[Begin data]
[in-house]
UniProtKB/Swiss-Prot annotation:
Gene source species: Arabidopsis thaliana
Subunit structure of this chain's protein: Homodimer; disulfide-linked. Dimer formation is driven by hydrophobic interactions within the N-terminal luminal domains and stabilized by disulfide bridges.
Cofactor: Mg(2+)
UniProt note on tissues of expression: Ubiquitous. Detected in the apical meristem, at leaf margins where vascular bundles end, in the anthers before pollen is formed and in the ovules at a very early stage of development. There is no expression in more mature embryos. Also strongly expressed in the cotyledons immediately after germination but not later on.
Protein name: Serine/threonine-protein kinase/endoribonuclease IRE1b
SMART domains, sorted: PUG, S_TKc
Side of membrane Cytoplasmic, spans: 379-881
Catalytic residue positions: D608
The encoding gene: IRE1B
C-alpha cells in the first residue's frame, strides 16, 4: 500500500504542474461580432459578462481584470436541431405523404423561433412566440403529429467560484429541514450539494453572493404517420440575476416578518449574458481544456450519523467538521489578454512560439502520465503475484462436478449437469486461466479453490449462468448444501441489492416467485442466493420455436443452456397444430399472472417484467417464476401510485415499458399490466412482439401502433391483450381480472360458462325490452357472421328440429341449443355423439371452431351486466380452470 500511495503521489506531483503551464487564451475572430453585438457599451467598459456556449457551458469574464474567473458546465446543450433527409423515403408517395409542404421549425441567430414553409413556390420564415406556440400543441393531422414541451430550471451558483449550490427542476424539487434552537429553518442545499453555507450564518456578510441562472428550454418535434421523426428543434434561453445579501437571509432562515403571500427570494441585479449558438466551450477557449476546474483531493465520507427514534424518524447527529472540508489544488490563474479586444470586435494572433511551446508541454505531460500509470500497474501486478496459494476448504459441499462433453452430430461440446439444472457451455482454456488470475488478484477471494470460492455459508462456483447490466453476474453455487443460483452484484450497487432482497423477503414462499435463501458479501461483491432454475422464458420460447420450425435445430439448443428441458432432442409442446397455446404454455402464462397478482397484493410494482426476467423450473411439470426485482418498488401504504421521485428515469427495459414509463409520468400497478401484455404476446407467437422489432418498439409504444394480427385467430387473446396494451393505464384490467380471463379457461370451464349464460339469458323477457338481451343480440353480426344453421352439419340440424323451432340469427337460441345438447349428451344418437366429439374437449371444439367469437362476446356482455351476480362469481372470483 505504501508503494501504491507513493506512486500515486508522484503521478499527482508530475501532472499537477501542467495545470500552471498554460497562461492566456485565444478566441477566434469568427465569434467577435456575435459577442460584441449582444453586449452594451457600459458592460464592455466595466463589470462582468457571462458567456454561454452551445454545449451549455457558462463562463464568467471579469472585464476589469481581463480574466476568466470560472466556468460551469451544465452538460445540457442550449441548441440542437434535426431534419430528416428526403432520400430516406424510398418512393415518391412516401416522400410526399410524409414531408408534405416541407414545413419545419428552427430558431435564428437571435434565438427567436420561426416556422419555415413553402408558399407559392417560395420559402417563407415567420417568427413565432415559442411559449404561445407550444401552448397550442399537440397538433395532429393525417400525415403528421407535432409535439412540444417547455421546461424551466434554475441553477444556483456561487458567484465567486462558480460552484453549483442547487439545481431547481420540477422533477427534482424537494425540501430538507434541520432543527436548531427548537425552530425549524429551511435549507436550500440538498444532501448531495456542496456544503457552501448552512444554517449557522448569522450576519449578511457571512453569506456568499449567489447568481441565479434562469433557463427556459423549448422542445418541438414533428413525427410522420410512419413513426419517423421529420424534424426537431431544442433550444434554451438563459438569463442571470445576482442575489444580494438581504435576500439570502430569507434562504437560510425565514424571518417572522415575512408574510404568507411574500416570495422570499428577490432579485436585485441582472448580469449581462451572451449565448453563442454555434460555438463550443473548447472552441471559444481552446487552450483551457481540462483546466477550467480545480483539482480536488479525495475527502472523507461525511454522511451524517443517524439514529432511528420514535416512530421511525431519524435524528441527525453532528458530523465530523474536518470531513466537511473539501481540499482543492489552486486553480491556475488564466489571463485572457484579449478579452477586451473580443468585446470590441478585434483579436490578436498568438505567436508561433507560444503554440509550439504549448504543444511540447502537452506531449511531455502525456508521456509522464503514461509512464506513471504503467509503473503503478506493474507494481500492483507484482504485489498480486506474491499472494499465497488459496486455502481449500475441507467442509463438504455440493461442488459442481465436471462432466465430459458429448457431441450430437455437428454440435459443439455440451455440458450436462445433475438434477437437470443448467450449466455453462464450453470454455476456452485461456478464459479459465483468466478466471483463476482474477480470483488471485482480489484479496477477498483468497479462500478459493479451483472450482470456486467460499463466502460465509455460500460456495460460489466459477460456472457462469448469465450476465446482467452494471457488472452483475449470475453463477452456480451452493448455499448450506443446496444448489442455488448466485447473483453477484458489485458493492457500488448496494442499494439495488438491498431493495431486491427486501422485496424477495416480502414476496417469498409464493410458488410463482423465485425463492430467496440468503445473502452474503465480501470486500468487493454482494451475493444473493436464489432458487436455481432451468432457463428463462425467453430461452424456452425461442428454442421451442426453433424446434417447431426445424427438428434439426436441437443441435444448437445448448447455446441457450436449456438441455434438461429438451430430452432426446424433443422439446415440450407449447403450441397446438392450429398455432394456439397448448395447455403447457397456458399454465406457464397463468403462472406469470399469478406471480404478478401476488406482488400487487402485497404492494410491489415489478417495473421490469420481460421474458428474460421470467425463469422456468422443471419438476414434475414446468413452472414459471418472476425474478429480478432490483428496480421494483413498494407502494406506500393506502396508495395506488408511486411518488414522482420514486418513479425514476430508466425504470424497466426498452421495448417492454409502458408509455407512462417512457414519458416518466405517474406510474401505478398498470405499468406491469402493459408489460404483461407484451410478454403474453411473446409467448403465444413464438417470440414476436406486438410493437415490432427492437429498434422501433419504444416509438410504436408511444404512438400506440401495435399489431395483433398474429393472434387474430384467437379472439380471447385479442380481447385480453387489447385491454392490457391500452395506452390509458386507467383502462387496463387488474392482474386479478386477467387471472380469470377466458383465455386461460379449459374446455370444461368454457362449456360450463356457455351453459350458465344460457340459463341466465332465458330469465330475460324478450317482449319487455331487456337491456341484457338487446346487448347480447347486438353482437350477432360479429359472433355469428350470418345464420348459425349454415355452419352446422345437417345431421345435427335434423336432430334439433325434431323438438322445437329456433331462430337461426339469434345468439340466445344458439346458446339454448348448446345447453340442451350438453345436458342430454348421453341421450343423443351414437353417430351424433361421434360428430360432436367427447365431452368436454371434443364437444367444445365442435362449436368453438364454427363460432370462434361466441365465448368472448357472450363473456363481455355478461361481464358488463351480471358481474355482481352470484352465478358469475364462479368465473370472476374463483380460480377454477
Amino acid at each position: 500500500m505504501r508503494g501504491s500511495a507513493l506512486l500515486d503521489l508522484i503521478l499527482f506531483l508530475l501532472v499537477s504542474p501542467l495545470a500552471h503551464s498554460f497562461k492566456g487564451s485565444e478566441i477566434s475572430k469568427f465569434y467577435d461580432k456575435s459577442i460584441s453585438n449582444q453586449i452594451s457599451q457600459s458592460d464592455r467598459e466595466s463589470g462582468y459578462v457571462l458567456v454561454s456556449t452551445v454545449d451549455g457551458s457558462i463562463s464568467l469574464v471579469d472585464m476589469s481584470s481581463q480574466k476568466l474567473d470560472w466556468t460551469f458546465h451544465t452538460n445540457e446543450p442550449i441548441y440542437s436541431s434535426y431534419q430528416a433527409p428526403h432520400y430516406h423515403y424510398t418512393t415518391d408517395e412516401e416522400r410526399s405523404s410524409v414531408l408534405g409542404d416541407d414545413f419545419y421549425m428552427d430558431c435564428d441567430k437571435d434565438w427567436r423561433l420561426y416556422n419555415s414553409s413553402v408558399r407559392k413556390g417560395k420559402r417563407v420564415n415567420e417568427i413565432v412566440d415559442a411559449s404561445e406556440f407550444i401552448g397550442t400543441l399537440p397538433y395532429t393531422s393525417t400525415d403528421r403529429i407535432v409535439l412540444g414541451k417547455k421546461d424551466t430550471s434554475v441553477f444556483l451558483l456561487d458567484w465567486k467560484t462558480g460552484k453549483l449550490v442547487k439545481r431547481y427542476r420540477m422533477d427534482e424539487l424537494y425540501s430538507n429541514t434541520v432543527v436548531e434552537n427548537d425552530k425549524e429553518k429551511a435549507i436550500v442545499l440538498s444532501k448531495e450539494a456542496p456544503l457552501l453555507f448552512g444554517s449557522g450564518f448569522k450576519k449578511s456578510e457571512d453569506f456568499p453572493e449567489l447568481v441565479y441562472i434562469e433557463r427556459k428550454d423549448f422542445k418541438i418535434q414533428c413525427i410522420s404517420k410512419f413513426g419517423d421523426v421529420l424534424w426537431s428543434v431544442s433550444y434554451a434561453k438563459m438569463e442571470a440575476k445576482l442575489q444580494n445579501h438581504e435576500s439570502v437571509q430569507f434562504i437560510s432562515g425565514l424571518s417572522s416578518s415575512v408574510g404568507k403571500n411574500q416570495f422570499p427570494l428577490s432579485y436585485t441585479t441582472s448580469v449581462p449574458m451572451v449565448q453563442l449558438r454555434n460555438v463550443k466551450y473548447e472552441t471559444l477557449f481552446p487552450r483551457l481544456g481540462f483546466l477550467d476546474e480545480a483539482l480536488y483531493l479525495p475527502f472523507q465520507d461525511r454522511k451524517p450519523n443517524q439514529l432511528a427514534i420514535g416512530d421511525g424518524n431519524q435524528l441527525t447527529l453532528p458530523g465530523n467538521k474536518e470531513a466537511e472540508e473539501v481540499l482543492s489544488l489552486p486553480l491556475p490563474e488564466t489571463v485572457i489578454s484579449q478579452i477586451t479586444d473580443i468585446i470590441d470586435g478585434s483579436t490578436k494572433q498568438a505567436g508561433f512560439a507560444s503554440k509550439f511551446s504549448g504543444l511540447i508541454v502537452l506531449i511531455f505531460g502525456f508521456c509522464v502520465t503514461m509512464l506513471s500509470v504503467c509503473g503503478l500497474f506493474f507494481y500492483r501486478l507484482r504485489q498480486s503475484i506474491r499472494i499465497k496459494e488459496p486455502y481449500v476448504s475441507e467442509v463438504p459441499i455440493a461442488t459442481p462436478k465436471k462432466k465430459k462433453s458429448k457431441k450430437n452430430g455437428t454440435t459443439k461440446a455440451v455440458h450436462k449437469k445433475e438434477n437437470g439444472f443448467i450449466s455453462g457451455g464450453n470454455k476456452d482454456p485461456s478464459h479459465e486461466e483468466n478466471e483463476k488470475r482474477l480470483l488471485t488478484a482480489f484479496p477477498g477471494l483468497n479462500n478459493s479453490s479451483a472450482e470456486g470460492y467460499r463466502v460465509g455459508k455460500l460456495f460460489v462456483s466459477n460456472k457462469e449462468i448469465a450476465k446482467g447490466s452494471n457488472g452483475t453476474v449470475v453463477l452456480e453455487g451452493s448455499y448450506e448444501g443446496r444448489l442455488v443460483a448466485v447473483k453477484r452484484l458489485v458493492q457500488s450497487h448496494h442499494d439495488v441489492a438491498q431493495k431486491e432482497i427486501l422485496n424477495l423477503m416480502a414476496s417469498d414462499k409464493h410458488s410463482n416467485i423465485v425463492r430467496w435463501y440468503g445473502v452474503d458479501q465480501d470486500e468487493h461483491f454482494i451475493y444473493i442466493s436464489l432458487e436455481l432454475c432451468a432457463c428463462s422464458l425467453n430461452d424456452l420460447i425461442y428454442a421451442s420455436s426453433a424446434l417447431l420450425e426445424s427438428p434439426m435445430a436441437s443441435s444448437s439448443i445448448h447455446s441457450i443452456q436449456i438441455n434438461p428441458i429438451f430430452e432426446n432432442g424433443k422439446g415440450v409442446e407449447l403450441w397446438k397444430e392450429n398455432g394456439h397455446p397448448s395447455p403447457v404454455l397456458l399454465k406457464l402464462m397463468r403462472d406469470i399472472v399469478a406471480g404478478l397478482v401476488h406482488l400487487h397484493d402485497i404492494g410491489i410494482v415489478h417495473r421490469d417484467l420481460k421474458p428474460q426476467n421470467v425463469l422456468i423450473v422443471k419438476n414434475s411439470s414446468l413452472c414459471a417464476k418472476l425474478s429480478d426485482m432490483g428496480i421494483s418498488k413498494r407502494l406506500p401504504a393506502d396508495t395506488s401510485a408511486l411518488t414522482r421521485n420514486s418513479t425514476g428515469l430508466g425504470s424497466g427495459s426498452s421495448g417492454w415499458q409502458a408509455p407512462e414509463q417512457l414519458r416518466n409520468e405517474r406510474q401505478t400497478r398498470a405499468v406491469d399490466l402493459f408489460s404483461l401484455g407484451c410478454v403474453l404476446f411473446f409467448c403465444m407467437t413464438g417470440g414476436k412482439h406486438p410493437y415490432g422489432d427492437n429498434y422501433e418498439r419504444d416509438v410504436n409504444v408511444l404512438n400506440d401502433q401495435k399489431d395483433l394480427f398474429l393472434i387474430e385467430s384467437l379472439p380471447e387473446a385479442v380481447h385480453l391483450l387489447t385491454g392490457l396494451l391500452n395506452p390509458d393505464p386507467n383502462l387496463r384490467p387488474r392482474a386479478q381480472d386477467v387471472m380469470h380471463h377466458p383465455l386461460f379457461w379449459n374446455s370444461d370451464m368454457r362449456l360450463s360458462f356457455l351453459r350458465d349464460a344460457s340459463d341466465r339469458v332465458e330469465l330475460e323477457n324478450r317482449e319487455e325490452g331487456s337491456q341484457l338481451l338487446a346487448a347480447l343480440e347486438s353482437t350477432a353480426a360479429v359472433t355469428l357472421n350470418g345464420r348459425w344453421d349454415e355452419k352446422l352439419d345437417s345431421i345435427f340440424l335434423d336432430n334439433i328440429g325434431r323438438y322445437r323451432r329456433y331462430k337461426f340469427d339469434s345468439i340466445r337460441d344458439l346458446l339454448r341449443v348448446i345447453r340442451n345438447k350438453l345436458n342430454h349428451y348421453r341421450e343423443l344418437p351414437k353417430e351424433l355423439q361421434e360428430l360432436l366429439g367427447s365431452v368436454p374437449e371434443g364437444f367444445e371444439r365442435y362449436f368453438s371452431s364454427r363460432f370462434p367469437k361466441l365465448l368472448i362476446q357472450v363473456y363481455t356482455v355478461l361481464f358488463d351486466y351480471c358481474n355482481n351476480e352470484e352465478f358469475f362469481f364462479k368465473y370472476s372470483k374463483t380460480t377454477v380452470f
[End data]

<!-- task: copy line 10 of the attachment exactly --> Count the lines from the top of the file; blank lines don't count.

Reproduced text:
Catalytic residue positions: D608